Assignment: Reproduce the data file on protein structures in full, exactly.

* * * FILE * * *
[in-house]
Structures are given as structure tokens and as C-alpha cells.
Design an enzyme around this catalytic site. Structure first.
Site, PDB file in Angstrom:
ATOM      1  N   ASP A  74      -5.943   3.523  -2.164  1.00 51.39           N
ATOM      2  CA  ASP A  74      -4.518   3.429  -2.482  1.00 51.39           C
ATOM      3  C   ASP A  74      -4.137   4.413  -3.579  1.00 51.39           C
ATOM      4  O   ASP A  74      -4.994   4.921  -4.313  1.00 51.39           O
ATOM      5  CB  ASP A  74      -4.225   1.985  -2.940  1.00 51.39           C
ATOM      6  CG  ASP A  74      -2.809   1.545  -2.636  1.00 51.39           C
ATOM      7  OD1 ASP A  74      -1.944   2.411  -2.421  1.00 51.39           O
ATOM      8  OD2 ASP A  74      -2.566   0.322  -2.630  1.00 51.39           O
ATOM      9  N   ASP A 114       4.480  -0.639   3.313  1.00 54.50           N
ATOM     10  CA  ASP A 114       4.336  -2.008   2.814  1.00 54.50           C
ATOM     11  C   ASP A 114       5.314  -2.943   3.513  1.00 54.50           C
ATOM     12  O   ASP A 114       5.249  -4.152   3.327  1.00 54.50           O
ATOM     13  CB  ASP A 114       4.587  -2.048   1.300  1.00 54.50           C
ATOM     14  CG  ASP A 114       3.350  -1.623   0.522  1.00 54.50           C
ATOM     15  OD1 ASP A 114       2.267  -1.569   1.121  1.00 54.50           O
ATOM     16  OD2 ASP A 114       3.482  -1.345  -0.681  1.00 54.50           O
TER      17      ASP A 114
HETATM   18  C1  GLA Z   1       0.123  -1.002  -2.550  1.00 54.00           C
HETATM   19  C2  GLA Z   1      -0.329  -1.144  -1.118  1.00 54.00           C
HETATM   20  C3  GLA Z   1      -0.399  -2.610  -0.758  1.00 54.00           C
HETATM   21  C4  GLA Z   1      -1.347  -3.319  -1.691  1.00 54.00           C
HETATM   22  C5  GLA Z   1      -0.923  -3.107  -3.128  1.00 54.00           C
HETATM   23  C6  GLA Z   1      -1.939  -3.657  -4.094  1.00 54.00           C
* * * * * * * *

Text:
[in-house]
Structures are given as structure tokens and as C-alpha cells.
Design an enzyme around this catalytic site. Structure first.
Site, PDB file in Angstrom:
ATOM      1  N   ASP A  74      -5.943   3.523  -2.164  1.00 51.39           N
ATOM      2  CA  ASP A  74      -4.518   3.429  -2.482  1.00 51.39           C
ATOM      3  C   ASP A  74      -4.137   4.413  -3.579  1.00 51.39           C
ATOM      4  O   ASP A  74      -4.994   4.921  -4.313  1.00 51.39           O
ATOM      5  CB  ASP A  74      -4.225   1.985  -2.940  1.00 51.39           C
ATOM      6  CG  ASP A  74      -2.809   1.545  -2.636  1.00 51.39           C
ATOM      7  OD1 ASP A  74      -1.944   2.411  -2.421  1.00 51.39           O
ATOM      8  OD2 ASP A  74      -2.566   0.322  -2.630  1.00 51.39           O
ATOM      9  N   ASP A 114       4.480  -0.639   3.313  1.00 54.50           N
ATOM     10  CA  ASP A 114       4.336  -2.008   2.814  1.00 54.50           C
ATOM     11  C   ASP A 114       5.314  -2.943   3.513  1.00 54.50           C
ATOM     12  O   ASP A 114       5.249  -4.152   3.327  1.00 54.50           O
ATOM     13  CB  ASP A 114       4.587  -2.048   1.300  1.00 54.50           C
ATOM     14  CG  ASP A 114       3.350  -1.623   0.522  1.00 54.50           C
ATOM     15  OD1 ASP A 114       2.267  -1.569   1.121  1.00 54.50           O
ATOM     16  OD2 ASP A 114       3.482  -1.345  -0.681  1.00 54.50           O
TER      17      ASP A 114
HETATM   18  C1  GLA Z   1       0.123  -1.002  -2.550  1.00 54.00           C
HETATM   19  C2  GLA Z   1      -0.329  -1.144  -1.118  1.00 54.00           C
HETATM   20  C3  GLA Z   1      -0.399  -2.610  -0.758  1.00 54.00           C
HETATM   21  C4  GLA Z   1      -1.347  -3.319  -1.691  1.00 54.00           C
HETATM   22  C5  GLA Z   1      -0.923  -3.107  -3.128  1.00 54.00           C
HETATM   23  C6  GLA Z   1      -1.939  -3.657  -4.094  1.00 54.00           C